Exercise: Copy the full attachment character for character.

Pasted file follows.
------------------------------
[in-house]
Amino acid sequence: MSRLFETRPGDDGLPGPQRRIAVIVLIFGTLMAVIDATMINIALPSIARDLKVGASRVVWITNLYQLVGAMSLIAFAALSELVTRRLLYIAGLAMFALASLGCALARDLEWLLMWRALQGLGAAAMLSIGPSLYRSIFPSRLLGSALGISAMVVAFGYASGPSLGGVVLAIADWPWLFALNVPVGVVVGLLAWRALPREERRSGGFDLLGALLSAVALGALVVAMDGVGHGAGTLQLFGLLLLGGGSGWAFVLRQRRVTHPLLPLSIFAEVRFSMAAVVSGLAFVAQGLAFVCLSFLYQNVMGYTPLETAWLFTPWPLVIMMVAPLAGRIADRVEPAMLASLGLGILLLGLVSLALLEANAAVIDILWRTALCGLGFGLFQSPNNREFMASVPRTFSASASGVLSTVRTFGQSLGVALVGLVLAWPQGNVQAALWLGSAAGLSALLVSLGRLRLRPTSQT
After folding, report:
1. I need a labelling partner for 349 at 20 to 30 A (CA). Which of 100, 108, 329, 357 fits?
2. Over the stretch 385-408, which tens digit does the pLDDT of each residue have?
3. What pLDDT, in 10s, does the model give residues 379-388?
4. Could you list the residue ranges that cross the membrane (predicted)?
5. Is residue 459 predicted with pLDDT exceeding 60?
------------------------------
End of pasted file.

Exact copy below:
[in-house]
Amino acid sequence: MSRLFETRPGDDGLPGPQRRIAVIVLIFGTLMAVIDATMINIALPSIARDLKVGASRVVWITNLYQLVGAMSLIAFAALSELVTRRLLYIAGLAMFALASLGCALARDLEWLLMWRALQGLGAAAMLSIGPSLYRSIFPSRLLGSALGISAMVVAFGYASGPSLGGVVLAIADWPWLFALNVPVGVVVGLLAWRALPREERRSGGFDLLGALLSAVALGALVVAMDGVGHGAGTLQLFGLLLLGGGSGWAFVLRQRRVTHPLLPLSIFAEVRFSMAAVVSGLAFVAQGLAFVCLSFLYQNVMGYTPLETAWLFTPWPLVIMMVAPLAGRIADRVEPAMLASLGLGILLLGLVSLALLEANAAVIDILWRTALCGLGFGLFQSPNNREFMASVPRTFSASASGVLSTVRTFGQSLGVALVGLVLAWPQGNVQAALWLGSAAGLSALLVSLGRLRLRPTSQT
After folding, report:
1. I need a labelling partner for 349 at 20 to 30 A (CA). Which of 100, 108, 329, 357 fits?
2. Over the stretch 385-408, which tens digit does the pLDDT of each residue have?
3. What pLDDT, in 10s, does the model give residues 379-388?
4. Could you list the residue ranges that cross the membrane (predicted)?
5. Is residue 459 predicted with pLDDT exceeding 60?